Holmes-Spinks I went the full 15 round distance. When it was over Spinks won a unanimous decision by the scores of 145-142, 143-142 and 143-142. The decision was controversial in the eyes of many, something that gained traction when it was found out that the AP scored it 144-141 Holmes and the UPI saw it 146-141 Holmes. Yes, the fight was extremely close, but in my view it came down to the 15th and final round – a round that Spinks clearly owned.

The thing that’s been lost over the years via the closeness of the fight is how Spinks’ boxing and retreating style befuddled Holmes for many rounds of the bout. Spinks, like when Jimmy Young fought Muhammad Ali nine years earlier, forced Holmes to miss and reset the entire fight. And while Larry was looking for the big shot against the smaller fighter, he was getting peppered by quick lefts and rights. No, they didn’t hurt him but they disrupted his offense and stymied him from getting off. This frustrated Holmes as was the case when Young did the same thing to Ali. The net result was Larry, like Muhammad, sought to win the fight with one punch, something they seldom ever did.

Spinks deservedly gets a lot of credit for the way he boxed against Holmes in both of their fights. But the fact is, because Michael was smaller and weaker, he had no choice; he had to move away from Holmes and box him. That totally threw Larry off because he was used to his opponents coming after him, seeking to knock him out. With Michael moving back, Holmes missed a lot of jabs. And since the jabs weren’t finding the target, the right cross was rendered ineffective. Holmes has said he was reluctant to cut loose with his right because of the pinched nerve in his neck, which is completely plausible. However, I don’t buy all of that because Holmes’ right hand wasn’t much more of a weapon when he was healthy and when he fought Spinks the second time. I believe Larry was frugal with his right hand against Michael because he often missed with it and then was countered.

Larry Holmes lost to Michael Spinks the first time they met, albeit closely, because he was on the physical decline and Spinks due to his smaller stature was forced to fight in retreat. Looking back, if you re-watch the bouts of both Ali (Ali-Young & Bugner) and Holmes (Holmes-Williams and Spinks I & II) when they were forced to fight as the predator instead of the prey, you’ll observe that they both missed with many jabs and right hands and neither looked anything close to the all-time greats they truly were.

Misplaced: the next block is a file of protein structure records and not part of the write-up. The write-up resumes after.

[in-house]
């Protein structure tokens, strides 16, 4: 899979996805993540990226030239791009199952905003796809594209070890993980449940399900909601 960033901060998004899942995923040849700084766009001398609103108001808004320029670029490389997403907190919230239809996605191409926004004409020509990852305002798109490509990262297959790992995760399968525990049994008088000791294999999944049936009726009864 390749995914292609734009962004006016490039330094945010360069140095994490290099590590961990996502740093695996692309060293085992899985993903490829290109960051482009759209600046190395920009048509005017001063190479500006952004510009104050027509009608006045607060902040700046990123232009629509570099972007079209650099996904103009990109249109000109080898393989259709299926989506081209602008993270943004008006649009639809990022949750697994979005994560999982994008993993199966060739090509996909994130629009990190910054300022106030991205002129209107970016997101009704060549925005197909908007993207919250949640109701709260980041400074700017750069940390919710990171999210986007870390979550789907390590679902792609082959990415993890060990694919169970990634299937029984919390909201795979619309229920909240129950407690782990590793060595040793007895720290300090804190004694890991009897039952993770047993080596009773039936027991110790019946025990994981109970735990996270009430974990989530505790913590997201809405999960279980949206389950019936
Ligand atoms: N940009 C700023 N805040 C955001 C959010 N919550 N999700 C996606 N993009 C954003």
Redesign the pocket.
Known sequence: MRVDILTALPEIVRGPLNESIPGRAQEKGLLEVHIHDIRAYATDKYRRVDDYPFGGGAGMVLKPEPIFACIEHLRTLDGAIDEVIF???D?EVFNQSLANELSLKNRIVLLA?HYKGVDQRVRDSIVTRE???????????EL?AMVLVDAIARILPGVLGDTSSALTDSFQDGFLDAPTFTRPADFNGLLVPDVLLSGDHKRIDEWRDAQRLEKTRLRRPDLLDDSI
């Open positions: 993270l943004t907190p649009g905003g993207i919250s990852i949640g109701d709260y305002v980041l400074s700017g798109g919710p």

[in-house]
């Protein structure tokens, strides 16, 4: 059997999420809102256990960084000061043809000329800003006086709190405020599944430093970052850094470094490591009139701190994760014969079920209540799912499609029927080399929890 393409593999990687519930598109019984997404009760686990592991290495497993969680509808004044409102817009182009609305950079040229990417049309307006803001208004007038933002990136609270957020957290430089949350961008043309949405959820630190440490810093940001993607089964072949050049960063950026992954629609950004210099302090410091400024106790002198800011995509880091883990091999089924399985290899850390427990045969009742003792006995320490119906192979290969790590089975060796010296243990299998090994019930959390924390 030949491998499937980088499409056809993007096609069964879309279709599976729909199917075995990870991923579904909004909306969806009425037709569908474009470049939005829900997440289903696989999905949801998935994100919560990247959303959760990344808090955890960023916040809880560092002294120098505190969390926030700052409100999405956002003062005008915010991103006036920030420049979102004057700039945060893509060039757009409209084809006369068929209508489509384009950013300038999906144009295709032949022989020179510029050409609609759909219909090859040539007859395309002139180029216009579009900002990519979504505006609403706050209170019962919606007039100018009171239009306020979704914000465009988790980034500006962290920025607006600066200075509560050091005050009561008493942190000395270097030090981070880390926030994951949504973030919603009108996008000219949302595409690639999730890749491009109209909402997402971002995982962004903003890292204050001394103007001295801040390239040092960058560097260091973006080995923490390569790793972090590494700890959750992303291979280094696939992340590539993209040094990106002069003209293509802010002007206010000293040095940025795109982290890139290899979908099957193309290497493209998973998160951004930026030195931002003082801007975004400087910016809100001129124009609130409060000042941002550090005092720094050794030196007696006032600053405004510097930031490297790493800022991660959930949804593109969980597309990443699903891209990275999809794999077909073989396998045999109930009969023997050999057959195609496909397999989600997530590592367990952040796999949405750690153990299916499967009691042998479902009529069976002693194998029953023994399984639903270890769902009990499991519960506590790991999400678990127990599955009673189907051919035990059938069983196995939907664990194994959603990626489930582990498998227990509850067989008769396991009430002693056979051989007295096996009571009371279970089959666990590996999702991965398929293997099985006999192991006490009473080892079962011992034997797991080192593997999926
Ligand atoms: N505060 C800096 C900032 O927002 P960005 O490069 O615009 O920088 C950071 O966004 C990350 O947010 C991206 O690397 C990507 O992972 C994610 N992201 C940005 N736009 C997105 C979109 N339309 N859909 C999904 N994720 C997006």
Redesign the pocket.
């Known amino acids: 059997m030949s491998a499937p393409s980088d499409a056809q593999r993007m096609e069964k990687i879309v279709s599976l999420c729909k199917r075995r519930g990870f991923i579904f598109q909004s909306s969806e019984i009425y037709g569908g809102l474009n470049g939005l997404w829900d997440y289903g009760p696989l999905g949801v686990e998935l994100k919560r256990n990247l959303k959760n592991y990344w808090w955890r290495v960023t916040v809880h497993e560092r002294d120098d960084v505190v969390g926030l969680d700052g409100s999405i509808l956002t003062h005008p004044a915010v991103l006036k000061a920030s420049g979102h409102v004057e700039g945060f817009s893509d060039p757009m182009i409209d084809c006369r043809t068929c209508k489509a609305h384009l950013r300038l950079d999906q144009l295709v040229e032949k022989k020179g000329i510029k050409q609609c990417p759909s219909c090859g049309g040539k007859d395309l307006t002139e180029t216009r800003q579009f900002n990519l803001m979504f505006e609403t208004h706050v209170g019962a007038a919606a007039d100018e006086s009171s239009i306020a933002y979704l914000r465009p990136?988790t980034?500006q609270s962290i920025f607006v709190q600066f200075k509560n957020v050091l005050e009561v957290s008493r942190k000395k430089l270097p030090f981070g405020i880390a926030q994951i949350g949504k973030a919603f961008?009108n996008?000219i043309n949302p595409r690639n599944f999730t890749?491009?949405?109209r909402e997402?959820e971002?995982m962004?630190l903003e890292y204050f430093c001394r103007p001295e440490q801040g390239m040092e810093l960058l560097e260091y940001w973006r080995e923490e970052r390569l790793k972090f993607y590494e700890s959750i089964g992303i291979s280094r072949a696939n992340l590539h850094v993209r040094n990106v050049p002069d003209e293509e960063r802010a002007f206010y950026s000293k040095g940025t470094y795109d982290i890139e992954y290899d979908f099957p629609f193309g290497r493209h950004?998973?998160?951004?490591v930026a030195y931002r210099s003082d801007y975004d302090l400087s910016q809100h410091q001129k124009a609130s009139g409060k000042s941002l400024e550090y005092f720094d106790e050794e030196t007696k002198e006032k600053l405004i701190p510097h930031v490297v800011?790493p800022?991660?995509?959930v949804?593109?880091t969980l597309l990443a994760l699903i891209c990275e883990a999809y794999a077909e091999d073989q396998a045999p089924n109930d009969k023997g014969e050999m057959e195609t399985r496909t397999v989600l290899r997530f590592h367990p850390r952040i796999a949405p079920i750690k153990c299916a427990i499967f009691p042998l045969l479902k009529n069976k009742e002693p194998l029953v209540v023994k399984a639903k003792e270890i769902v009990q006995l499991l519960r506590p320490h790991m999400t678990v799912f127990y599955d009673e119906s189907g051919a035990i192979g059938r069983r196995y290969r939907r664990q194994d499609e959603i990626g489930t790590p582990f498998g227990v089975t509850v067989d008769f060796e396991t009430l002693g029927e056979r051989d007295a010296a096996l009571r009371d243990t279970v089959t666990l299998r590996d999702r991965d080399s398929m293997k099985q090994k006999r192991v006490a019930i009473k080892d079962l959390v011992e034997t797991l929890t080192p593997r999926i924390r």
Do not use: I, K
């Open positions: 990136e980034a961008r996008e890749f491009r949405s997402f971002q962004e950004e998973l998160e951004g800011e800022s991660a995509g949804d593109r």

The old cliché “styles make fights” never rings hollow. It played a deciding part in both fights between Larry Holmes and Michael Spinks. And with that, due to his lack of aggression along with his hand and foot speed……Michael Spinks made and denied history on the same night.

Frank Lotierzo can be contacted at GlovedFist@Gmail.com

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In a Massive Upset, Dakota Linger TKOs Kurt Scoby on a Friday Night in Atlanta

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Although it was an 8-rounder on a show with two “tens,” Kurt Scoby’s match with Dakota Linger was accorded main event status on tonight’s card at the Overtime Elite Arena in Atlanta. This had everything to do with Scoby (pronounced Scooby), a former record-setting college running back who was considered one of the brightest prospects in the 140-pound weight class. “[Scoby] works harder than almost anyone I’ve ever seen,” said veteran New York promoter Lou DIBella in a conversation with Keith Idec. “But he’s literally getting better after every fight and he’s got the hammer of Thor, man. He can punch through walls.”

The Duarte, California product who has relocated to Brooklyn and trains at Gleason’s Gym, was undefeated (13-0) heading in and was expected to make Linger his ninth straight knockout victim. But Linger, a 29-year-old Buckhannon, West Virginia policemen whose first ring engagements were in Toughman competitions, wasn’t intimidated by Scoby’s press clippings or by Scoby’s bodybuilder physique.

Linger, who improved to 14-6-3 with his tenth win inside the distance, took the fight right to Scoby and repeatedly found a home for his overhand right. In the sixth round, after Linger strafed the ever-retreating Scoby with a barrage of punches, referee Malik Walid determined that he had seen enough and waived it off. The decision seemed a tad premature, but neither Scoby nor his cornermen offered anything in the way of a protest.